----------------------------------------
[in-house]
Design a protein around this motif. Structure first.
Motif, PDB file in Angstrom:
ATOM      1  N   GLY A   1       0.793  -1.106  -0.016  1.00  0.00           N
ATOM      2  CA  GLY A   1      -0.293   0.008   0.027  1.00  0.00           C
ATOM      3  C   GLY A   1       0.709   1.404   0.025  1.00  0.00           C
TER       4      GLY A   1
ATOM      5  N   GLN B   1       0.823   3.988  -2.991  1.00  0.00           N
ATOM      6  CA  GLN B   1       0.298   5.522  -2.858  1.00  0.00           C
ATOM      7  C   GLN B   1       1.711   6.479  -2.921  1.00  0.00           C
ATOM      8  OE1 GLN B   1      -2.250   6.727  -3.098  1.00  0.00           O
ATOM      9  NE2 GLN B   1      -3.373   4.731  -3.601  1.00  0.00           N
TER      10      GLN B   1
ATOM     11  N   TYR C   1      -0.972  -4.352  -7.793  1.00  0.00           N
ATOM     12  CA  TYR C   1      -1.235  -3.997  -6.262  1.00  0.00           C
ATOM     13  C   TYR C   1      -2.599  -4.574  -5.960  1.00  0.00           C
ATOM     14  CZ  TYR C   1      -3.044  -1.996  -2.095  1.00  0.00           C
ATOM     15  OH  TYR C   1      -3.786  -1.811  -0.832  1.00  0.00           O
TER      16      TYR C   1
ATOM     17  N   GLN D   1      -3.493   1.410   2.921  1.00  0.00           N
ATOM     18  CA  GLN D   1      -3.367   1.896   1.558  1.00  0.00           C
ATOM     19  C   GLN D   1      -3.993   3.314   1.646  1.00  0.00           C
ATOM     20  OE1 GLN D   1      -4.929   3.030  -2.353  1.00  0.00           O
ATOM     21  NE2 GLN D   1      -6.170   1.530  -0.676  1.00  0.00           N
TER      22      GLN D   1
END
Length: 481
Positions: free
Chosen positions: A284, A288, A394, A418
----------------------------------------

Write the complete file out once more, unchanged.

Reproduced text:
[in-house]
Design a protein around this motif. Structure first.
Motif, PDB file in Angstrom:
ATOM      1  N   GLY A   1       0.793  -1.106  -0.016  1.00  0.00           N
ATOM      2  CA  GLY A   1      -0.293   0.008   0.027  1.00  0.00           C
ATOM      3  C   GLY A   1       0.709   1.404   0.025  1.00  0.00           C
TER       4      GLY A   1
ATOM      5  N   GLN B   1       0.823   3.988  -2.991  1.00  0.00           N
ATOM      6  CA  GLN B   1       0.298   5.522  -2.858  1.00  0.00           C
ATOM      7  C   GLN B   1       1.711   6.479  -2.921  1.00  0.00           C
ATOM      8  OE1 GLN B   1      -2.250   6.727  -3.098  1.00  0.00           O
ATOM      9  NE2 GLN B   1      -3.373   4.731  -3.601  1.00  0.00           N
TER      10      GLN B   1
ATOM     11  N   TYR C   1      -0.972  -4.352  -7.793  1.00  0.00           N
ATOM     12  CA  TYR C   1      -1.235  -3.997  -6.262  1.00  0.00           C
ATOM     13  C   TYR C   1      -2.599  -4.574  -5.960  1.00  0.00           C
ATOM     14  CZ  TYR C   1      -3.044  -1.996  -2.095  1.00  0.00           C
ATOM     15  OH  TYR C   1      -3.786  -1.811  -0.832  1.00  0.00           O
TER      16      TYR C   1
ATOM     17  N   GLN D   1      -3.493   1.410   2.921  1.00  0.00           N
ATOM     18  CA  GLN D   1      -3.367   1.896   1.558  1.00  0.00           C
ATOM     19  C   GLN D   1      -3.993   3.314   1.646  1.00  0.00           C
ATOM     20  OE1 GLN D   1      -4.929   3.030  -2.353  1.00  0.00           O
ATOM     21  NE2 GLN D   1      -6.170   1.530  -0.676  1.00  0.00           N
TER      22      GLN D   1
END
Length: 481
Positions: free
Chosen positions: A284, A288, A394, A418